Vienna, 14th of November 2016. 9,000 customers of Tesco Bank in the UK were missing more than 3 million Euros on their accounts just a few days ago. Online banking was therefore briefly suspended. Within a short period of time the bank reimbursed its affected customers. The already known facts about the cyber attack point to various potential backgrounds.
It’s the first time that in case of a cyberattack money of an online bank was directly stolen from customer accounts. At first it was rumoured that 20,000 customers were affected, but in the meantime the stipulated number is about 9,000.
The potential backgrounds of the cyber attack
“It is striking that the bank reimbursed its customers within this short time span and so quickly turned to “business as usual”. Customers were also not asked to change their passwords due to this incident”, comments Christian Polster, Chief Strategy Officer of RadarServices, a provider of continuos IT Security Monitoring. “Generally speaking in the course of such a huge cyber attack the affected company can only find out what happened in detail and know if the danger is averted if thorough investigations are carried out. The executive board of Tesco Bank, however, already reported that it is clear to them what happenend”, according to Polster.
Such a quick investigation of the case points to two potential backgrounds which probably do not have their origin in technical IT security deficiencies of Tesco Bank: An “Insider Threat”, meaning an attack in which employees were involved. They could have logged in with an administrator access and arranged these transactions within the corporate network. Or the other option: The bank itself is not the victim in this cyberattack but one of its service providers is.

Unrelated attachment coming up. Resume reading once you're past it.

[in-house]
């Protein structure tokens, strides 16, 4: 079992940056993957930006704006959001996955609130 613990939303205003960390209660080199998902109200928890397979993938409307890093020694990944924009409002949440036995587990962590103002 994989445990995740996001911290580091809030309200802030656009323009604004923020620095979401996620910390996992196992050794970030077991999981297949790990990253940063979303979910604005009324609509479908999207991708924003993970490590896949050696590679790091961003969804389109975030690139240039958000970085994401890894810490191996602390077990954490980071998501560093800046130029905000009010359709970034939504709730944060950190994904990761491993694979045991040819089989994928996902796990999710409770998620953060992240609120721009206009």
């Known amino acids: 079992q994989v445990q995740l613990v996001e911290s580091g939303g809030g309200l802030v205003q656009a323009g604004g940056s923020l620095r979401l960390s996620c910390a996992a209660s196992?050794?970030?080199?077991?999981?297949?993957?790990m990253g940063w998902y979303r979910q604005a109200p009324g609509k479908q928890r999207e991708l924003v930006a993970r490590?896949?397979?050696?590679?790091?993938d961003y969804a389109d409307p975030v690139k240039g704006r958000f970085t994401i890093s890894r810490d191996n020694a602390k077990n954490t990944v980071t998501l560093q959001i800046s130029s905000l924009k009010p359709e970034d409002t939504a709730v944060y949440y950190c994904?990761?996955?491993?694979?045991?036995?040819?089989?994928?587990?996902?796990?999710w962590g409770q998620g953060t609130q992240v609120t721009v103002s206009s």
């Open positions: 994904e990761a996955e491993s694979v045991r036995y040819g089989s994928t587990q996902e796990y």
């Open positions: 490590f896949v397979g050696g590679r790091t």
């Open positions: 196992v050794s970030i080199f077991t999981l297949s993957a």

Less probable is the option that the security mechanisms of Tesco Bank were compromised. Most likely the problem of customer authentification is the case. For example an error in the allocation of “One-Time passwords” that are required for financial transactions could lead to the fact that this security level is overridden. Personal passwords of the customers which constitute the second security level could have been collected by the attackers via phising or dictionary attacks or figured out via database copies. This option, however, should have prompted the bank to ask its customers to change their passwords.
Integral security concepts required
The technical IT security is one thing. State-of-the-art is the proactive tracking of security vulnerabilities and the real-time detection of attacks on the IT. This continuos IT Security Monitoring comprises three areas: A constant monitoring of all gateways for malware and all communication channels across corporate boundaries, a continuos internal as well as external vulnerability analysis and an ongoing analysis and correlation of logs of individual systems.
“Important, however, is that IT security is also considered from a holistic point of view. How does the security culture of the company look like? How high are the standards of the suppliers? Everything has to be checked in regular intervals, evaluated by experts and if necessary improvement measures need to be taken”, according to Polster.
This is further enforced by threathening reputation damages caused by IT security incidents such as in the case of Tesco Bank as well as by future fines which will be imposed by the EU data protection regulation on companies. Starting 2018 in case of cyber attacks fines up to 4% of the annual turnover of the entire corporation are possible. In the case of Tesco Bank this sum would amount – based on the Tesco group’s turnover of 56 billion EUR – to 2.2 billion EUR.